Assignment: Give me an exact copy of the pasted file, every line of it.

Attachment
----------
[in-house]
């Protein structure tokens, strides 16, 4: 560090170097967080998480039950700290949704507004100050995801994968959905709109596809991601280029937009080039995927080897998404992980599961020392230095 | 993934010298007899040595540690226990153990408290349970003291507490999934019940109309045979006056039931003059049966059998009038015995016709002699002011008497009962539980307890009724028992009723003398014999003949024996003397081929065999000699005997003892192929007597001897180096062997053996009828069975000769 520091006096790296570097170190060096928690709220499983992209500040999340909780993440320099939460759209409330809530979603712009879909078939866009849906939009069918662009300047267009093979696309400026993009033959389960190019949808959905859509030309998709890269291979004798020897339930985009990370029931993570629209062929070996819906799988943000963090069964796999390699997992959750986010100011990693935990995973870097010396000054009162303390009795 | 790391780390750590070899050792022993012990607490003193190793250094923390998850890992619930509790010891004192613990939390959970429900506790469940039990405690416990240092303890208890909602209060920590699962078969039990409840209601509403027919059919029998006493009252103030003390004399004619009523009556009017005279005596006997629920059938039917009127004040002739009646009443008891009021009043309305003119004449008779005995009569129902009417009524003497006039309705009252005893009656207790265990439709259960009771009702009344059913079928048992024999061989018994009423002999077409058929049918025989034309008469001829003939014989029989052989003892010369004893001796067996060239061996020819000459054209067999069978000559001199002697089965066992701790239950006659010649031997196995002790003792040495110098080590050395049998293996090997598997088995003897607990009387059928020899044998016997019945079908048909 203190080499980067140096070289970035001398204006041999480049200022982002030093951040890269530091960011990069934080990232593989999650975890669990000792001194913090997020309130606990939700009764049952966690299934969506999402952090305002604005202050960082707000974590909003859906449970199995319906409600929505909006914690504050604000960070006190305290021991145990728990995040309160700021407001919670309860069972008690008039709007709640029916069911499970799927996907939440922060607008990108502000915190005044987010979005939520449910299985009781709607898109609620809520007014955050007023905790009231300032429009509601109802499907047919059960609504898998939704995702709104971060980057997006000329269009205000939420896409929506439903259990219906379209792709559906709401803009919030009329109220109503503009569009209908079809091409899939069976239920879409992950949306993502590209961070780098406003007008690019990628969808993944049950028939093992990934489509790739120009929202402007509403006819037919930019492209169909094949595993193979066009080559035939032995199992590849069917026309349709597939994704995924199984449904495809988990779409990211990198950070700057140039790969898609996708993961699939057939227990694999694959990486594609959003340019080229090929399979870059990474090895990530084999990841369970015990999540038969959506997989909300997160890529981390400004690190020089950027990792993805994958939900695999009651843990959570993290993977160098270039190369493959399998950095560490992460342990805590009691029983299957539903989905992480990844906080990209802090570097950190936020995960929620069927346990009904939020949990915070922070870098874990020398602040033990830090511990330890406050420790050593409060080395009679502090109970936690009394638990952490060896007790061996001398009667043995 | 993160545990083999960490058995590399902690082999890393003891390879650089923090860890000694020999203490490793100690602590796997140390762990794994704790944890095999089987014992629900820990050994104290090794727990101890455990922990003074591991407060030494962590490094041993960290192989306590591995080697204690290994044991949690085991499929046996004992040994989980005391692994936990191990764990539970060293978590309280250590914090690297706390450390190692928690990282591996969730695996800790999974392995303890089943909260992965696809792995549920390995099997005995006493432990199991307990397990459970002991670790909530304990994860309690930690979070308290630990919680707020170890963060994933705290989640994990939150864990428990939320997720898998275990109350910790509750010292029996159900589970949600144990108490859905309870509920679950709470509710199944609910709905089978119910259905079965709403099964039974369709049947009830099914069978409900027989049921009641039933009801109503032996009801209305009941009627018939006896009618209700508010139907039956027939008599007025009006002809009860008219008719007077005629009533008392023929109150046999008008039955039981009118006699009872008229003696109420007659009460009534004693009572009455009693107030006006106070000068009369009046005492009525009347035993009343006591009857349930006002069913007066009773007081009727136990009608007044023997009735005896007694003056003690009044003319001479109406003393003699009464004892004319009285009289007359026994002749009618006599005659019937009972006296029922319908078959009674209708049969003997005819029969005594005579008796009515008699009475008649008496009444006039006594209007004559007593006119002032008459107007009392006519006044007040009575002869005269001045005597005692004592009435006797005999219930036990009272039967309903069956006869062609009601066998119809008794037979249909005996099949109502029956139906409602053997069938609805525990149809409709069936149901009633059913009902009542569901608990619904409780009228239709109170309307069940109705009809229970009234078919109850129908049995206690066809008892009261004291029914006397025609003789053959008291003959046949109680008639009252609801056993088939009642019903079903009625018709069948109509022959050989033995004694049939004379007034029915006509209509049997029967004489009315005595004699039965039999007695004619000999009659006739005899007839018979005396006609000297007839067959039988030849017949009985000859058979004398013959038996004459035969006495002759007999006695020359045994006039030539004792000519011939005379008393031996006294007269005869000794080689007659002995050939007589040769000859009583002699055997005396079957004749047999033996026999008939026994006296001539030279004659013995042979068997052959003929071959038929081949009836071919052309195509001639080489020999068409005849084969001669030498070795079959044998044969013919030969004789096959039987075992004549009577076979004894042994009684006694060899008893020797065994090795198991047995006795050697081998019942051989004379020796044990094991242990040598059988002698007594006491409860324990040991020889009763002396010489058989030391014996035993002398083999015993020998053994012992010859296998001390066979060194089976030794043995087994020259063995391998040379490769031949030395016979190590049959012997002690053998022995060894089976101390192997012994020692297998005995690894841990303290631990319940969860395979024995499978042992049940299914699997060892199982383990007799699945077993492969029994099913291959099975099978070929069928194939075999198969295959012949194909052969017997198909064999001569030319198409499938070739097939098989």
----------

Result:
[in-house]
């Protein structure tokens, strides 16, 4: 560090170097967080998480039950700290949704507004100050995801994968959905709109596809991601280029937009080039995927080897998404992980599961020392230095 | 993934010298007899040595540690226990153990408290349970003291507490999934019940109309045979006056039931003059049966059998009038015995016709002699002011008497009962539980307890009724028992009723003398014999003949024996003397081929065999000699005997003892192929007597001897180096062997053996009828069975000769 520091006096790296570097170190060096928690709220499983992209500040999340909780993440320099939460759209409330809530979603712009879909078939866009849906939009069918662009300047267009093979696309400026993009033959389960190019949808959905859509030309998709890269291979004798020897339930985009990370029931993570629209062929070996819906799988943000963090069964796999390699997992959750986010100011990693935990995973870097010396000054009162303390009795 | 790391780390750590070899050792022993012990607490003193190793250094923390998850890992619930509790010891004192613990939390959970429900506790469940039990405690416990240092303890208890909602209060920590699962078969039990409840209601509403027919059919029998006493009252103030003390004399004619009523009556009017005279005596006997629920059938039917009127004040002739009646009443008891009021009043309305003119004449008779005995009569129902009417009524003497006039309705009252005893009656207790265990439709259960009771009702009344059913079928048992024999061989018994009423002999077409058929049918025989034309008469001829003939014989029989052989003892010369004893001796067996060239061996020819000459054209067999069978000559001199002697089965066992701790239950006659010649031997196995002790003792040495110098080590050395049998293996090997598997088995003897607990009387059928020899044998016997019945079908048909 203190080499980067140096070289970035001398204006041999480049200022982002030093951040890269530091960011990069934080990232593989999650975890669990000792001194913090997020309130606990939700009764049952966690299934969506999402952090305002604005202050960082707000974590909003859906449970199995319906409600929505909006914690504050604000960070006190305290021991145990728990995040309160700021407001919670309860069972008690008039709007709640029916069911499970799927996907939440922060607008990108502000915190005044987010979005939520449910299985009781709607898109609620809520007014955050007023905790009231300032429009509601109802499907047919059960609504898998939704995702709104971060980057997006000329269009205000939420896409929506439903259990219906379209792709559906709401803009919030009329109220109503503009569009209908079809091409899939069976239920879409992950949306993502590209961070780098406003007008690019990628969808993944049950028939093992990934489509790739120009929202402007509403006819037919930019492209169909094949595993193979066009080559035939032995199992590849069917026309349709597939994704995924199984449904495809988990779409990211990198950070700057140039790969898609996708993961699939057939227990694999694959990486594609959003340019080229090929399979870059990474090895990530084999990841369970015990999540038969959506997989909300997160890529981390400004690190020089950027990792993805994958939900695999009651843990959570993290993977160098270039190369493959399998950095560490992460342990805590009691029983299957539903989905992480990844906080990209802090570097950190936020995960929620069927346990009904939020949990915070922070870098874990020398602040033990830090511990330890406050420790050593409060080395009679502090109970936690009394638990952490060896007790061996001398009667043995 | 993160545990083999960490058995590399902690082999890393003891390879650089923090860890000694020999203490490793100690602590796997140390762990794994704790944890095999089987014992629900820990050994104290090794727990101890455990922990003074591991407060030494962590490094041993960290192989306590591995080697204690290994044991949690085991499929046996004992040994989980005391692994936990191990764990539970060293978590309280250590914090690297706390450390190692928690990282591996969730695996800790999974392995303890089943909260992965696809792995549920390995099997005995006493432990199991307990397990459970002991670790909530304990994860309690930690979070308290630990919680707020170890963060994933705290989640994990939150864990428990939320997720898998275990109350910790509750010292029996159900589970949600144990108490859905309870509920679950709470509710199944609910709905089978119910259905079965709403099964039974369709049947009830099914069978409900027989049921009641039933009801109503032996009801209305009941009627018939006896009618209700508010139907039956027939008599007025009006002809009860008219008719007077005629009533008392023929109150046999008008039955039981009118006699009872008229003696109420007659009460009534004693009572009455009693107030006006106070000068009369009046005492009525009347035993009343006591009857349930006002069913007066009773007081009727136990009608007044023997009735005896007694003056003690009044003319001479109406003393003699009464004892004319009285009289007359026994002749009618006599005659019937009972006296029922319908078959009674209708049969003997005819029969005594005579008796009515008699009475008649008496009444006039006594209007004559007593006119002032008459107007009392006519006044007040009575002869005269001045005597005692004592009435006797005999219930036990009272039967309903069956006869062609009601066998119809008794037979249909005996099949109502029956139906409602053997069938609805525990149809409709069936149901009633059913009902009542569901608990619904409780009228239709109170309307069940109705009809229970009234078919109850129908049995206690066809008892009261004291029914006397025609003789053959008291003959046949109680008639009252609801056993088939009642019903079903009625018709069948109509022959050989033995004694049939004379007034029915006509209509049997029967004489009315005595004699039965039999007695004619000999009659006739005899007839018979005396006609000297007839067959039988030849017949009985000859058979004398013959038996004459035969006495002759007999006695020359045994006039030539004792000519011939005379008393031996006294007269005869000794080689007659002995050939007589040769000859009583002699055997005396079957004749047999033996026999008939026994006296001539030279004659013995042979068997052959003929071959038929081949009836071919052309195509001639080489020999068409005849084969001669030498070795079959044998044969013919030969004789096959039987075992004549009577076979004894042994009684006694060899008893020797065994090795198991047995006795050697081998019942051989004379020796044990094991242990040598059988002698007594006491409860324990040991020889009763002396010489058989030391014996035993002398083999015993020998053994012992010859296998001390066979060194089976030794043995087994020259063995391998040379490769031949030395016979190590049959012997002690053998022995060894089976101390192997012994020692297998005995690894841990303290631990319940969860395979024995499978042992049940299914699997060892199982383990007799699945077993492969029994099913291959099975099978070929069928194939075999198969295959012949194909052969017997198909064999001569030319198409499938070739097939098989």